He taught that all Hindus should be total vegetarians. Swamishri
always insisted that no matter what the doctors said Hindus should
never eat meat or fish or eggs.
"But what of you two?" he asked the owner and his brother.
Both looked down embarrassed. Swamishri said quietly. "It does
not matter. It is to be forgotten. Just as the shop is vegetarian,
one's life should also be made so. What is the purpose of living
by killing another. Firmly decide today to stop eating meat."
Before even thinking of a spiritual life a pure diet is essential.
Swamishri was going back to basics. He said the brothers and their
families should regularly attend the weekly Satsang sabha. It would
bolster their faith and introduce them to other satsangis.
If he had to ask one family to eat only a healthy vegetarian diet,
he would have to ask another to attend sabha. Each individual, or
family was unique, necessitating a different approach.
In Kericho, Swamishri met a young man who had entered Satsang a
number of years earlier. His whole family was devoted, the youth
himself was a Swaminarayan but had slacked off in attending the
weekly sabha. Swamishri asked, "Why is it like this?"
The youth replied, "Others attend the sabha! I feel I may start
later on!" He was honest.
Swamishri knew the family well and their close links with Satsang.
He was forceful, and a little sarcastic. "'The shops of other
people are doing well! They will look after my customers!'"
Do you ever think in this way? Never miss the Sunday sabha."
In 1984 he embarked on a lengthy world tour that covered five continents,
visiting the homes of hundreds of devotees and lecturing at least
once a day to huge assemblies. On his return he toured Gujarat extensively.
In 1985 despite a constant fever he toured the Kanam area, visiting
95 villages in 20 days, doing over 700 padharamanis.
This latest spate of touring matched parts of his 1977 touring,
when he had visited the arid area of Sabarkantha in mid summer,
doing 87 villages in 27 days, and then in the Surat countryside
doing 90 villages in 20 days.
Some sadhus commented, "Swami! In the summer, Bombay would
be better, it wouldn't be so hot there." It was more of a suggestion.
The climate was temperate, and rest was possible.
Swamishri's reply was unexpected. He logically explained his reasons
for touring the villages in summer.
"The villages are better in the summer. In the monsoon the
villages are filled with mud, it would be inconvenient for the devotees."
* * *
On 6 December 1973 it was ekadashi. Swamishri was in Vasad, he was
fasting. By 8:30 after his morning puja he had begun padharamani.
After the previous night's sabha 15 odd names had been listed. By
three in the afternoon Swamishri had visited 122 houses! Along with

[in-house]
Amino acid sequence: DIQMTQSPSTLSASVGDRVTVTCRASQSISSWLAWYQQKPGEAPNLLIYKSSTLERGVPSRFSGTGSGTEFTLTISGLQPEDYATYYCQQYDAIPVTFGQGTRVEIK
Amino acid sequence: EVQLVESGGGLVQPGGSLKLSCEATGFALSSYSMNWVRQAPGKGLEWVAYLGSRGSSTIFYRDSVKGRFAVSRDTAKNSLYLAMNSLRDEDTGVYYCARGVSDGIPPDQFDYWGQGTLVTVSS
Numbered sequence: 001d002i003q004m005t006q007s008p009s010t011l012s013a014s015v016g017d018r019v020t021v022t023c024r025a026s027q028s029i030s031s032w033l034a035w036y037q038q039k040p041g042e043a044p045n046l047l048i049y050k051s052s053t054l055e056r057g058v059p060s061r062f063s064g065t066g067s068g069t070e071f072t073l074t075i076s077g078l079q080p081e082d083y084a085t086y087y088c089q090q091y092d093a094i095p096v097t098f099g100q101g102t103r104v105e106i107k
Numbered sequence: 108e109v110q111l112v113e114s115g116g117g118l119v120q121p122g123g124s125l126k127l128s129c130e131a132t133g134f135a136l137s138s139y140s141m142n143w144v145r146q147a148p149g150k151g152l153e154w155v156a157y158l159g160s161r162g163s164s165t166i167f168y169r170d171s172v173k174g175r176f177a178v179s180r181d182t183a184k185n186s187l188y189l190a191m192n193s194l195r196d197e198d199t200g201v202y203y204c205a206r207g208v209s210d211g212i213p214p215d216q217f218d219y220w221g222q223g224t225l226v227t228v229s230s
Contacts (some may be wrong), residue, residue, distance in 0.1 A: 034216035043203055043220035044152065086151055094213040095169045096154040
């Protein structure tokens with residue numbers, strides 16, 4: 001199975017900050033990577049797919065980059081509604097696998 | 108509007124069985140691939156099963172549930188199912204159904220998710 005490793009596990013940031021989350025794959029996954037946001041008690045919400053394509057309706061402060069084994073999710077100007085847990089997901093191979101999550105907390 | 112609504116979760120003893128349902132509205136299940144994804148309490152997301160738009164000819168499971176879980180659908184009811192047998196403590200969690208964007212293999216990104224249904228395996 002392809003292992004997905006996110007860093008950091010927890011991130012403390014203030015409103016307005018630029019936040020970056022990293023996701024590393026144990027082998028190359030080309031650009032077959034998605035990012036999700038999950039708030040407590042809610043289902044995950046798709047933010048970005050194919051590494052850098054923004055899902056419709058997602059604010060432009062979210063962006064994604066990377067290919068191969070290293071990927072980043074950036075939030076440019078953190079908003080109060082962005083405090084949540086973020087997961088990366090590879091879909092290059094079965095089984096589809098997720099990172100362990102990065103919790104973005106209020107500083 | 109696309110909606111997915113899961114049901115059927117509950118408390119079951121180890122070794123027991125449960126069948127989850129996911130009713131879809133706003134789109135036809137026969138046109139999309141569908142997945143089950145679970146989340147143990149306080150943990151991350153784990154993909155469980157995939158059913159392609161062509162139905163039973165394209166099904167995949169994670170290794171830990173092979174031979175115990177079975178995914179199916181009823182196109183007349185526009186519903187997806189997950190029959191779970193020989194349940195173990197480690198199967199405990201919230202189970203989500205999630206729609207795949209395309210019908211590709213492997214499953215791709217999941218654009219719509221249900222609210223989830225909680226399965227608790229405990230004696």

him were four sadhus. They were thirsty and exhausted.
Doctor Swami: It was the first time Swamishri had done so many padharamanis
whilst fasting on an ekadashi.
When Swamishri arrived back at his accommodation he immediately
sat down to answer correspondence. After a while he said. "I
think I'll rest for a while. "The attendants were more worried
than amazed. This was the first time Swamishri had even hinted that
he was tired. Dr. Swami checked his temperature. It had rocketed
to 102 centigrade.
He asked, "Has the fever only just started."
Swamishri answered, "From this morning I've felt feverish."
His voice was low and reluctant, as if he didn't want to reveal
He rested for about half an hour and then at 5:30 left for Anand
and Baroda, reaching Sundalpura at seven. He wrote some more letters
despite the continued fever. The attendants asked that he break
his fast and drink a little juice. He refused. They asked that he
not attend the night sabha. Again he refused. After his blessings
the sabha came to a finish at 11:45. Swamishri returned to his room
and said chesta. By the time he lay down it was well past midnight.
During the 1984 world tour, Paul Greene of the BBC had asked in
London, "Don't you feel tired travelling at this age."
Swamishri was sixty four.
He replied, "The body has been given by God. The touring is
God's work, and so I do not feel tired."
Ten years later in 1994, he was asked by a satsangi youth in Atlanta
during a camp, "Don't you ever get bored with all this work?"
Swamishri was quick to answer, "Bored of what? To do this have
I come. If we do something because our mind says to do it, boredom
results. But doing something because the Satpurush has commanded
entails no problems. If we sincerely desire to please God and His
Sadhu then boredom never comes."